The Taliban has rejected a United States watchdog’s report saying foreign armed groups and domestic security threats have increased in Afghanistan since the group took over the country in a blitzkrieg in August 2021.
“We strongly reject SIGAR’s propaganda,” the Taliban’s chief spokesman, Zabihullah Mujahid, said in a statement late on Sunday, referring to the US Special Inspector General for Afghanistan Reconstruction.
“The Islamic Emirate in Afghanistan has complete control over the situation and will not allow any group or entity to destabilise Afghanistan or use Afghan soil against any other country,” Mujahid said, using the name of the Taliban administration.
According to Mujahid, SIGAR highlighted in its latest report that the Taliban government is facing serious security problems and foreign armed groups and domestic threats have increased in Afghanistan, resulting in increasing risk for some countries.
The spokesman argued that Afghanistan is now experiencing security and stability that it has not seen in 40 years.
He added that “no foreign armed group is active in Afghanistan” and the ISIL (ISIS) armed group has been severely weakened and is on the verge of being destroyed.
“Afghanistan is not a threat to anyone, but on the contrary, the Islamic emirate wants good and constructive relations with the international community, including the United States of America,” the statement concluded.
The Taliban has said it has kept the promise made in the 2020 Doha Agreement with the US not to allow armed groups to operate on Afghan soil.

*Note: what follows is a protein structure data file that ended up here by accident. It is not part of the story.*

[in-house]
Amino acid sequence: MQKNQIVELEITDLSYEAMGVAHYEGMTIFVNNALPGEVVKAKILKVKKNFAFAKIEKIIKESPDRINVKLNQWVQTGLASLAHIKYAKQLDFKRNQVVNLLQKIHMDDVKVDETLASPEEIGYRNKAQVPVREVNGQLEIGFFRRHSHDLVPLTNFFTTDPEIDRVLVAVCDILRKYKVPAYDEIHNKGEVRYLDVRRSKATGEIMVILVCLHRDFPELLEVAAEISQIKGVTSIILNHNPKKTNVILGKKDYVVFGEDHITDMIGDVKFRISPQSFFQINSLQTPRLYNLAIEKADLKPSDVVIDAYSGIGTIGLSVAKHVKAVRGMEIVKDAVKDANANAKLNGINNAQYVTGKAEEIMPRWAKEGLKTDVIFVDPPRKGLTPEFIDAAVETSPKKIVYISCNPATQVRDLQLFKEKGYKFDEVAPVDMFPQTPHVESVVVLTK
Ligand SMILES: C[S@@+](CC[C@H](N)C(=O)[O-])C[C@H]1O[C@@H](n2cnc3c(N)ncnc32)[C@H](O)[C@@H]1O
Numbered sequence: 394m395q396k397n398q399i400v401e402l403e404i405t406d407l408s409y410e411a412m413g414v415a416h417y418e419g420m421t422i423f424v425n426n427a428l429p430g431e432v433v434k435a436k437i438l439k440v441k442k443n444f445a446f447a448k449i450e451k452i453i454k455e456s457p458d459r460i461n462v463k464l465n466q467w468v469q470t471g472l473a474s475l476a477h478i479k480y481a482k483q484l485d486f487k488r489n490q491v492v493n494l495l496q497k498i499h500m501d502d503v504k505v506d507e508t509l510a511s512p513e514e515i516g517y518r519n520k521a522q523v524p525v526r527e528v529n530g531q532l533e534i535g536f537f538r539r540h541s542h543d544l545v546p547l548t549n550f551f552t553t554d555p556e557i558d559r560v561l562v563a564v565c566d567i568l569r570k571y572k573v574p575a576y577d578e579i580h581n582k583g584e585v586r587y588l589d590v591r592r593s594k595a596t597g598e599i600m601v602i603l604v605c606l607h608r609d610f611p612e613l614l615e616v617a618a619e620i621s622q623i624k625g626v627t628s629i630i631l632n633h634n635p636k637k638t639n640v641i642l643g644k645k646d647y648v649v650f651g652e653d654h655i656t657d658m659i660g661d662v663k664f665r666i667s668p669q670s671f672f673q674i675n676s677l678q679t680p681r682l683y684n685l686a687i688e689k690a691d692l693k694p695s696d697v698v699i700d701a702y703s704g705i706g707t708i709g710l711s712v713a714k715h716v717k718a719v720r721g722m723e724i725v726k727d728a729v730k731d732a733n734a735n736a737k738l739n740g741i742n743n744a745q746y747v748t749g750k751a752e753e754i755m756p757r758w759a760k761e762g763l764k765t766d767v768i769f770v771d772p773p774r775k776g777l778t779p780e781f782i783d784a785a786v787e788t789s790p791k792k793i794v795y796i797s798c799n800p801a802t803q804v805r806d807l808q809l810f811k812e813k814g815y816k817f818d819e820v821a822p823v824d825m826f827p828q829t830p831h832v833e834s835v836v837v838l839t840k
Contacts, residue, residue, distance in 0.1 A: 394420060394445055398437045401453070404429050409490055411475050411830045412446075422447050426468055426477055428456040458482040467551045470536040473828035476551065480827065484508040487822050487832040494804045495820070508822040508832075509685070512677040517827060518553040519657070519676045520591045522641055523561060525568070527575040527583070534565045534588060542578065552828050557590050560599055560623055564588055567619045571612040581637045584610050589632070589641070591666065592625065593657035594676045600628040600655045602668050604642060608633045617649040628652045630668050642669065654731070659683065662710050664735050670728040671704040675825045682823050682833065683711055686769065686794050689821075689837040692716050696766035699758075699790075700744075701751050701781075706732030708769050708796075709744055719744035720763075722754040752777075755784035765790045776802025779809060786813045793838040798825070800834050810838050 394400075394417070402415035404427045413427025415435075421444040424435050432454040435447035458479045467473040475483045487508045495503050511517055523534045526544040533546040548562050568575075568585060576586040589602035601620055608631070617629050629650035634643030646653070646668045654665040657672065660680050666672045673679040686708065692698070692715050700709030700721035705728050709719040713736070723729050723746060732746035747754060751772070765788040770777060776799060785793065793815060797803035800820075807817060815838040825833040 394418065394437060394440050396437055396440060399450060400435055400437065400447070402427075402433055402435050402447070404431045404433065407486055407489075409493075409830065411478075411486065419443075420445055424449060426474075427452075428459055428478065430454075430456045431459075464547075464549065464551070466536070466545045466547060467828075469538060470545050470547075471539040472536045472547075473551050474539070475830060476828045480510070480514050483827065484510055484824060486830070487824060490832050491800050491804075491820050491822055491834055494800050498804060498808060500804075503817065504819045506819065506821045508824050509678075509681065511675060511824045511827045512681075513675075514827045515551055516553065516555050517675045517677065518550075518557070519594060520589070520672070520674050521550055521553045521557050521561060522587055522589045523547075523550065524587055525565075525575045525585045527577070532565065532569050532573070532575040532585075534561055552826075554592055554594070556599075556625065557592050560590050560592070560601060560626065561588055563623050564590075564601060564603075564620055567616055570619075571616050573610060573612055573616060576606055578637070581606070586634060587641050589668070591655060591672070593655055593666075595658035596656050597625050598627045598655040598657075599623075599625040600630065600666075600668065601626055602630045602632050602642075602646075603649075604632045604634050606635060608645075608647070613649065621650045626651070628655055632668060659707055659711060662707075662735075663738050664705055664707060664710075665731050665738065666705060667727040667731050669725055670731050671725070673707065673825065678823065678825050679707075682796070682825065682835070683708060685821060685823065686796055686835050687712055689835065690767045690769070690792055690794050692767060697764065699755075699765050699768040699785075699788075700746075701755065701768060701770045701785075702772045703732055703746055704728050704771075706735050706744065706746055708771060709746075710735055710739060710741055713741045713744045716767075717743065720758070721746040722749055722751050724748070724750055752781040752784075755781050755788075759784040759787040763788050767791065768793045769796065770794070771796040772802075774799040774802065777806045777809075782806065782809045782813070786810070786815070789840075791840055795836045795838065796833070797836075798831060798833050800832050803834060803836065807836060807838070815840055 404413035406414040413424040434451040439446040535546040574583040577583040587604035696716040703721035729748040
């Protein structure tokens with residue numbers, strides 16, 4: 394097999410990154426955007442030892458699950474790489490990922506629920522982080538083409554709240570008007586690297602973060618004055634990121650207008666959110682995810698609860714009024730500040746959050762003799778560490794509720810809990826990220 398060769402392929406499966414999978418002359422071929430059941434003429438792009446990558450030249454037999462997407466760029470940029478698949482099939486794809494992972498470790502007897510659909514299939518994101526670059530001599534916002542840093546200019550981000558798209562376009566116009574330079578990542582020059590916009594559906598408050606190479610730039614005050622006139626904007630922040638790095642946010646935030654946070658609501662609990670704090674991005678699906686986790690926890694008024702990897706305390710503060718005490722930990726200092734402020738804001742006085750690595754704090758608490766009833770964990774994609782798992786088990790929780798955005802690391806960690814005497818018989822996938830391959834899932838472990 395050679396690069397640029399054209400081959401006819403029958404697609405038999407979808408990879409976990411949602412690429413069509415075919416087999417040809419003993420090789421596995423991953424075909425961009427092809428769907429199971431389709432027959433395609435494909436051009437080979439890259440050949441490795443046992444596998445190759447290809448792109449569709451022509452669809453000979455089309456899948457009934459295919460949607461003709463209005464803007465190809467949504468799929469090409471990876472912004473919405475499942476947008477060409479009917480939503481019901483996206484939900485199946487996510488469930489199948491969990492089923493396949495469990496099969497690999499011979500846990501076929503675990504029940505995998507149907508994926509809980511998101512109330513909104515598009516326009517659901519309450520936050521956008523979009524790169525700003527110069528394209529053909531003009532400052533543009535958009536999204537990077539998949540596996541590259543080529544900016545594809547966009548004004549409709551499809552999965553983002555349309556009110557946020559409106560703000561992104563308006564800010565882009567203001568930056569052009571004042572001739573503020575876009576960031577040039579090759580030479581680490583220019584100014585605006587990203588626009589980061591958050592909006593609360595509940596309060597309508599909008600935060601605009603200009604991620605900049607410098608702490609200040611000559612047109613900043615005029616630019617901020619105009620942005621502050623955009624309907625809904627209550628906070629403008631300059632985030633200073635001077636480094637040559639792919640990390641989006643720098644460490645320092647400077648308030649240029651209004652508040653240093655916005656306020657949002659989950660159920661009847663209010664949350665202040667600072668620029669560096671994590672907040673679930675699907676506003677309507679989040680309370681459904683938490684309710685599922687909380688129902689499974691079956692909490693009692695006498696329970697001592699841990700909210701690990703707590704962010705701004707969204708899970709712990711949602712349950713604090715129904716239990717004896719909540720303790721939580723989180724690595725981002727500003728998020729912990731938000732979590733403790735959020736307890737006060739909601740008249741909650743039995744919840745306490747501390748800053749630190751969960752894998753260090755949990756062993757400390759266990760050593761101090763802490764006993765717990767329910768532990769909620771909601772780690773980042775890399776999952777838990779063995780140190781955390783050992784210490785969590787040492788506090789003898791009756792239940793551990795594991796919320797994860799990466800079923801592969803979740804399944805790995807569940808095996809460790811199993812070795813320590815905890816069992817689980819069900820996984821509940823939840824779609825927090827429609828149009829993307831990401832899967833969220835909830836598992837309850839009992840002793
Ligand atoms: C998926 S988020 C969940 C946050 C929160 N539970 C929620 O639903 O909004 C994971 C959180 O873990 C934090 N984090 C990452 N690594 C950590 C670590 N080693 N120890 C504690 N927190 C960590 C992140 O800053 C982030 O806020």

The pact resulted in the withdrawal of US-led foreign forces after 20 years of war and occupation. But the August 2021 pull-out of US troops led to the swift collapse of the Western-backed Afghan government and military and the return to power of the Taliban.
The Taliban has accused the US of not honouring its promises by continuing Afghanistan’s diplomatic isolation.
An affiliate of ISIL (ISIS) has been posing the biggest threat to the Taliban’s authority, claiming responsibility for several attacks.
The armed group has also targeted Taliban administration officials, including claiming the killing of the governor of the northern province of Balkh in an attack on his office in March and of the acting governor of the northeastern province of Badakhshan this month.
The Taliban administration has launched a crackdown on members of ISKP, raiding its hideouts in several provinces.